Ontario’s New Eviction Law

by Chris on August 17, 2020

Bill 184, also known as the Protecting Tenants and Strengthening Community Housing Act, which includes Ontario’s latest amendment to its eviction procedures, has become law. So far, the reaction has been mixed.

In a press statement, the Ministry of Municipal Affairs and Housing highlights the bill’s new protections for tenants.

However, tenants may be the most vocal critics of the new law, which requires landlords to offer tenants repayment plans to make up any unpaid rent during the pandemic as a condition for seeking to evict those non-paying tenants. If a tenant violates the repayment plan, the landlord may obtain an eviction order without a hearing.

Landlords and tenants are now encouraged to mediate any disputes regarding unpaid rent during the pandemic. The landlord may include a provision that, if a repayment plan is reached and the tenant subsequently defaults, the landlord may be able to proceed to eviction by consent without the need for a hearing. Still, the tenant has the right to appeal the eviction order. Landlords who come before the Landlord and Tenant Board to seek evictions over non-payment during the pandemic will be required to show what efforts they made to negotiate a payment plan.

Tenant advocates suggest that landlords now can unilaterally demand tenants sign outrageous repayment plans that tenants cannot afford, and if the tenant subsequently defaults, the Landlord and Tenant Board will fast-track the evictions. Some are going as far as advising tenants to ignore the repayment offers and refuse to negotiate with their landlords.

Landlords have expressed tepid support for the measure, which they say doesn’t really change anything. After all, you can’t negotiate a repayment plan with a tenant who is ignoring your calls. Those cases will proceed to the LTB just as they would in the past. Unfortunately, the backlog at the LTB was infamous even before the pandemic.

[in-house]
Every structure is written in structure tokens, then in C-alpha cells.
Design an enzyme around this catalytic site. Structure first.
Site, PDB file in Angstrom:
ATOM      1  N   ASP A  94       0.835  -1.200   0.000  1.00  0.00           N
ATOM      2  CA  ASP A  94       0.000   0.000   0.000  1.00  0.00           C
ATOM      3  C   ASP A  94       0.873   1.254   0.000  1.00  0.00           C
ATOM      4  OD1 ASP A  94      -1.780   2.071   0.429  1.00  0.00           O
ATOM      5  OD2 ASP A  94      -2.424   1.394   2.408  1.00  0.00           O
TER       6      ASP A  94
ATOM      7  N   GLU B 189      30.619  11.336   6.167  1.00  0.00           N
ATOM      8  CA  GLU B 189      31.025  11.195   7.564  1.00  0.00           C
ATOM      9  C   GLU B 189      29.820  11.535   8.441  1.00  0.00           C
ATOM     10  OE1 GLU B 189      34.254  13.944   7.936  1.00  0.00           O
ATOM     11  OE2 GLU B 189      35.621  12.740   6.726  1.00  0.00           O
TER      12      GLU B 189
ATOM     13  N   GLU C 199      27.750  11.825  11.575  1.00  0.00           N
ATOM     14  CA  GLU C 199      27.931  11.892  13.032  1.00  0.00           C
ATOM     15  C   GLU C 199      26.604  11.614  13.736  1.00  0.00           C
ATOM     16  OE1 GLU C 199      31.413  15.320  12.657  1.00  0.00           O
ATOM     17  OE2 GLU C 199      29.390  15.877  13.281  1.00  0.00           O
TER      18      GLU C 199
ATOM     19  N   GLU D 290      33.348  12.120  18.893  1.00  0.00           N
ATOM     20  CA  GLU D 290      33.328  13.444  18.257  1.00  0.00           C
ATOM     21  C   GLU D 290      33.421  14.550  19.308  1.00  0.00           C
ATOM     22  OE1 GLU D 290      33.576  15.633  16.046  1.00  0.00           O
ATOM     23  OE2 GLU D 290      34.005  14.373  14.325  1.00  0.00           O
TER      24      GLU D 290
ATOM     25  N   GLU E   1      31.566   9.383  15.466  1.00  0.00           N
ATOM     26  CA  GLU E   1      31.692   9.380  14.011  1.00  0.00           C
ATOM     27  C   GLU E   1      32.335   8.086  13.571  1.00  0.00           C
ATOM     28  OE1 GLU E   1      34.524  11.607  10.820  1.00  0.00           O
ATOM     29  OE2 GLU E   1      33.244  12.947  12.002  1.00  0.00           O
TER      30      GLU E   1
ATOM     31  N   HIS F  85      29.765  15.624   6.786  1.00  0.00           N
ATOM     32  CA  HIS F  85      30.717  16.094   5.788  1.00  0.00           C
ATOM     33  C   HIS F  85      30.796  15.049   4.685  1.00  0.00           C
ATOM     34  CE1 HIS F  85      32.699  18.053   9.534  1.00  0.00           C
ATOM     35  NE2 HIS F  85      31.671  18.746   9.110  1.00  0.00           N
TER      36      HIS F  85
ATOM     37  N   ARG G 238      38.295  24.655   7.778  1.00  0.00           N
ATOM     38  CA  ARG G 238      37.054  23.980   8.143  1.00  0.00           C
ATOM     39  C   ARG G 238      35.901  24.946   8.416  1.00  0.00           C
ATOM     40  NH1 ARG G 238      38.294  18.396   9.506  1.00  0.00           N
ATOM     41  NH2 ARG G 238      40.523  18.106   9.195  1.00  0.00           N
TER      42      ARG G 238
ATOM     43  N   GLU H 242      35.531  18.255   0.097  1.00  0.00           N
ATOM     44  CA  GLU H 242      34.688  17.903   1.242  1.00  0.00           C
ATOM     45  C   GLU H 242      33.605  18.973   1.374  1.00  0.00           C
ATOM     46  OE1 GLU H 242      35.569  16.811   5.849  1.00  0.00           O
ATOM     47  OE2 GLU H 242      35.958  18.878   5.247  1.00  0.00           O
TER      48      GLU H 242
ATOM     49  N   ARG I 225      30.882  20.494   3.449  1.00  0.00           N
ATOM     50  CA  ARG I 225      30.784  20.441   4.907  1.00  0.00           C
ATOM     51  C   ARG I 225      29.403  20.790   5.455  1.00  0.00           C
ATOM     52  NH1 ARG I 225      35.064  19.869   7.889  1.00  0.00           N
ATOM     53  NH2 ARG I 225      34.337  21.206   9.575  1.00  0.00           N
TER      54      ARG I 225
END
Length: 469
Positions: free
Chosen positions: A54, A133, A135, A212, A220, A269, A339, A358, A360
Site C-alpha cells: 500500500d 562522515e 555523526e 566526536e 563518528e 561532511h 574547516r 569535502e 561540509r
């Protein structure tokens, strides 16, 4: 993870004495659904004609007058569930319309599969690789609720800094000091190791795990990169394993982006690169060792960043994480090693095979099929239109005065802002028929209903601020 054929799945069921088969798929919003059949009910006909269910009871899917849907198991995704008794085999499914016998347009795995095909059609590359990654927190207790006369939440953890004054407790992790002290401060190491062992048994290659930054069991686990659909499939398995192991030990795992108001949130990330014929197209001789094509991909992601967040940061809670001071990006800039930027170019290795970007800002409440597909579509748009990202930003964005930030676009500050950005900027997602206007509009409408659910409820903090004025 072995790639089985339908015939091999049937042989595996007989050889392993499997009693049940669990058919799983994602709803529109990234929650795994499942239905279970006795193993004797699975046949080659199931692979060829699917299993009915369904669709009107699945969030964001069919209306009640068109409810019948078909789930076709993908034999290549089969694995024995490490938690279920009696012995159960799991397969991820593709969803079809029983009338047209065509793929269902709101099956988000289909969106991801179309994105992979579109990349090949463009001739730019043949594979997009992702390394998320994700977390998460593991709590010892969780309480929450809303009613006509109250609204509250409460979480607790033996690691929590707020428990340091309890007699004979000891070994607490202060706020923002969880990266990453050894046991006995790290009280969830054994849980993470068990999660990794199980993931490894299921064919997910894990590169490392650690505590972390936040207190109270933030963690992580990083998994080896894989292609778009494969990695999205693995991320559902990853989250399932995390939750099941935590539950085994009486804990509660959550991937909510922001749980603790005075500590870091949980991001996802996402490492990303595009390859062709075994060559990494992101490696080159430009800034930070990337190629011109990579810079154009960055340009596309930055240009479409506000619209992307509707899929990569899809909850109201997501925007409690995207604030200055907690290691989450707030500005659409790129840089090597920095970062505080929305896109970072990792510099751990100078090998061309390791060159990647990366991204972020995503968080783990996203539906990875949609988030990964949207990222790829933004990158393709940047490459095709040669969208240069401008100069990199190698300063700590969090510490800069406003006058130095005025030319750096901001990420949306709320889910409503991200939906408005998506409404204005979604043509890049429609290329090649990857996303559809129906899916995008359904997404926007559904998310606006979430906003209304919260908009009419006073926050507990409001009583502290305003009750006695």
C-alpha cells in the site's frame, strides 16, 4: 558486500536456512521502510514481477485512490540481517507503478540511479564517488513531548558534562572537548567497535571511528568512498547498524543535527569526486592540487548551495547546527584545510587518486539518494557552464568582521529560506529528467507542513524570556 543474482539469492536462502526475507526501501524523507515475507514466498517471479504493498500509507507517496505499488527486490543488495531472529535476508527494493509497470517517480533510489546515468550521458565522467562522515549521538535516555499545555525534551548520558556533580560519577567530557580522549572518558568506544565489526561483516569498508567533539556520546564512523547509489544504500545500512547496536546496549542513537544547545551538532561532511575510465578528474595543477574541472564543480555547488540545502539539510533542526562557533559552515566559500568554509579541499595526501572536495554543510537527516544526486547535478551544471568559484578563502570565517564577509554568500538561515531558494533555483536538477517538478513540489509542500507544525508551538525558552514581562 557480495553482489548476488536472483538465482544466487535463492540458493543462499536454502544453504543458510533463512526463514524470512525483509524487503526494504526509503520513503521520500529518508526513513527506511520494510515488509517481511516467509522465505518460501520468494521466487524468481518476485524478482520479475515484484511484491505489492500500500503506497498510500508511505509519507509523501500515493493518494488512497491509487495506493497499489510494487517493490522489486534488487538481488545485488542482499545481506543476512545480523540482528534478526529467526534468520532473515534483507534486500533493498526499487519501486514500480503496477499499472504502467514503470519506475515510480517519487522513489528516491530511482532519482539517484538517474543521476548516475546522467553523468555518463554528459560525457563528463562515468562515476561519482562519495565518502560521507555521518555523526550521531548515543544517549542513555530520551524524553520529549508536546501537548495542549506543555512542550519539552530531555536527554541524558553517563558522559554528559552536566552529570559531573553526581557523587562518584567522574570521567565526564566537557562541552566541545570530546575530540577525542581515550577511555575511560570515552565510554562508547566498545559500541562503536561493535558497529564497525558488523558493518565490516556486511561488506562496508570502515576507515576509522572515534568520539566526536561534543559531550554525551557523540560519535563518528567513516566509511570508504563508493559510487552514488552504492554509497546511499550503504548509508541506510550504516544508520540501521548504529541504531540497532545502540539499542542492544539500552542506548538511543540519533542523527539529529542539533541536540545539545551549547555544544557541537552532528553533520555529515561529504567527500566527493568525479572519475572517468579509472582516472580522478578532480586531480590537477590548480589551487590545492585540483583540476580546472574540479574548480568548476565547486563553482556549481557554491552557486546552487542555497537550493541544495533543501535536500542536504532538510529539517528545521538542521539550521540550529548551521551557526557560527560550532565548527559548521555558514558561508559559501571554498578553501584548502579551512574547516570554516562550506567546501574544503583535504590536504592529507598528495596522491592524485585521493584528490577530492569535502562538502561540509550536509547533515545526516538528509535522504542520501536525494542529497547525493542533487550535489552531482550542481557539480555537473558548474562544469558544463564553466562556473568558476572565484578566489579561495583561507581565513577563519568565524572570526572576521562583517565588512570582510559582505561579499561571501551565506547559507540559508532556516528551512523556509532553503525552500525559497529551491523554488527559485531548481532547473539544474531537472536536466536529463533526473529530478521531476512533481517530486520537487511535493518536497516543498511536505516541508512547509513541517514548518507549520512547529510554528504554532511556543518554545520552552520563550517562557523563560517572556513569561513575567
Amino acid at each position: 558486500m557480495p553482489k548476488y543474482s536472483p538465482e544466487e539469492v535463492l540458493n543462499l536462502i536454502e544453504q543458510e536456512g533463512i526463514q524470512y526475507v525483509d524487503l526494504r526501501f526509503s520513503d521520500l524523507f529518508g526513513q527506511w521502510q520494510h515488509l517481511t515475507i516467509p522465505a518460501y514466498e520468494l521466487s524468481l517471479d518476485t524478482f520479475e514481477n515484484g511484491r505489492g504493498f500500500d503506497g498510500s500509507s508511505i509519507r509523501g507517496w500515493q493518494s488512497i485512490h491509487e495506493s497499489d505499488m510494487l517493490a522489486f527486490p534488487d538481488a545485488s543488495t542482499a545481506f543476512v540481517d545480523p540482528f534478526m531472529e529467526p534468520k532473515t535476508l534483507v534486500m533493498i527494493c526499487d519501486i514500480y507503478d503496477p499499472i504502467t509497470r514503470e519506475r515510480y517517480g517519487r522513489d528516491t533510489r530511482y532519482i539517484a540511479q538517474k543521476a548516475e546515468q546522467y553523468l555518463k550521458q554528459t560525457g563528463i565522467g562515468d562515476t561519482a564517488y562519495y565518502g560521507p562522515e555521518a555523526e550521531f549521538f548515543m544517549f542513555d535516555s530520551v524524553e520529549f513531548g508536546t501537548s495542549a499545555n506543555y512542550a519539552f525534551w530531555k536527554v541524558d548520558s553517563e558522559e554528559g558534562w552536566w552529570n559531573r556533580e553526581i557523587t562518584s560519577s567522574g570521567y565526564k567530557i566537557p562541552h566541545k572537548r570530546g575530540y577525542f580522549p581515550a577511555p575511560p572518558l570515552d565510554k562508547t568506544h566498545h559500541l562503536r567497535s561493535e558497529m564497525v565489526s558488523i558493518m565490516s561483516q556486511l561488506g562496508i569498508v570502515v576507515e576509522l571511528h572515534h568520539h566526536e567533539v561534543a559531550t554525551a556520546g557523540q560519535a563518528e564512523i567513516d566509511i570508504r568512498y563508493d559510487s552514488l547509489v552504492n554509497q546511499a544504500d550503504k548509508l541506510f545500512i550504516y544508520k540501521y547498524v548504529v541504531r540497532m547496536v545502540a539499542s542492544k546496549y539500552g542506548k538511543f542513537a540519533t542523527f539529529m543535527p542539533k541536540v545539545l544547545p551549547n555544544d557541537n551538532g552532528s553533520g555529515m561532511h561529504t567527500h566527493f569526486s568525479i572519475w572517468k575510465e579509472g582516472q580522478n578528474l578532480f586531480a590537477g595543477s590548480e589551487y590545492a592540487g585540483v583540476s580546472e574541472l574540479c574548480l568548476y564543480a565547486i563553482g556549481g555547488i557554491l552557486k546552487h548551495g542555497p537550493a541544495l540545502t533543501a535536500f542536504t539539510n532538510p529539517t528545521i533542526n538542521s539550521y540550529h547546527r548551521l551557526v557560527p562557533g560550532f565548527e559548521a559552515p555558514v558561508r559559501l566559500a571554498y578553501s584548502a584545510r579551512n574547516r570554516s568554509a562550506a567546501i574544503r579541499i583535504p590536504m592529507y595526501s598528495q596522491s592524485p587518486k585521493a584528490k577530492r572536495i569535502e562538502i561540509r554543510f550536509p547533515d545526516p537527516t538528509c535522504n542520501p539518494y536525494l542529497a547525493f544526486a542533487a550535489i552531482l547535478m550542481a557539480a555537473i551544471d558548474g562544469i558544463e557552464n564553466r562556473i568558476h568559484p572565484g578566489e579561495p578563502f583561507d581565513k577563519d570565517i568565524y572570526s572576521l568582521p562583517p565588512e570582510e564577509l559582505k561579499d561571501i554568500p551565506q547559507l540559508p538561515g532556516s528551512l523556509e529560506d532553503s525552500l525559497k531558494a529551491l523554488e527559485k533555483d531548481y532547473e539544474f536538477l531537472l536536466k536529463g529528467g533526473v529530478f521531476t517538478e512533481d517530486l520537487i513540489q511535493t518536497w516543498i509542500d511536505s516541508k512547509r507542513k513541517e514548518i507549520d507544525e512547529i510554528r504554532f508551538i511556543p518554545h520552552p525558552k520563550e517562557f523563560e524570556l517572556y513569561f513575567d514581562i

However, the new amendment does provide some benefits for landlords. For instance, landlords now must be given advance notice of issues the tenant intends to raise at an eviction hearing, such as a request for rent abatement due to the condition of the property. And the new amendment moves some claims for compensation, like for unpaid utilities or property damage, from Small Claims Court to the Landlord and Tenant Board. It also extends the limitation period for bringing some claims to include former tenants.

Bill 184 focuses on amendments designed to make it more onerous for a landlord to conduct “no-fault” evictions, such as for purchase, personal use, demolition, conversion, or renovation. Now, a tenant can claim that an eviction was made in “bad faith” and receive up to 12 months of rent as compensation. Fines for violating the rules also were doubled and now range from $50,000-$250,000.

The passage of Bill 184 coincides with the lifting of an eviction moratorium that has been in place since March, barring landlords from pursuing eviction claims against non-paying tenants. Last week, the LTB announced that, as of August 1, 2020, it will begin to issue pending eviction orders and consent eviction orders based on settlement agreements. The Board says it will continue to hear urgent eviction matters related to health and safety that are scheduled, begin to schedule hearings for non-urgent evictions, and conduct hearings on those non-urgent cases beginning mid-August.

Meanwhile, the LTB advises tenants that they do not need to move out of a rental unit pending an eviction hearing and until a Sheriff enforces any subsequent eviction order.

This post is provided by Tenant Verification Service, Inc., helping landlords reduce the risks of renting with fraud prevention tools that include Tenant Screening, Tenant Background Checks, (U.S. and Canada), as well as Criminal Background Checks, and Eviction Reports (U.S. only).

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Disclaimer: The information provided in this post is not intended to be construed as legal advice, nor should it be considered a substitute for obtaining individual legal counsel or consulting your local, state, federal or provincial tenancy laws.

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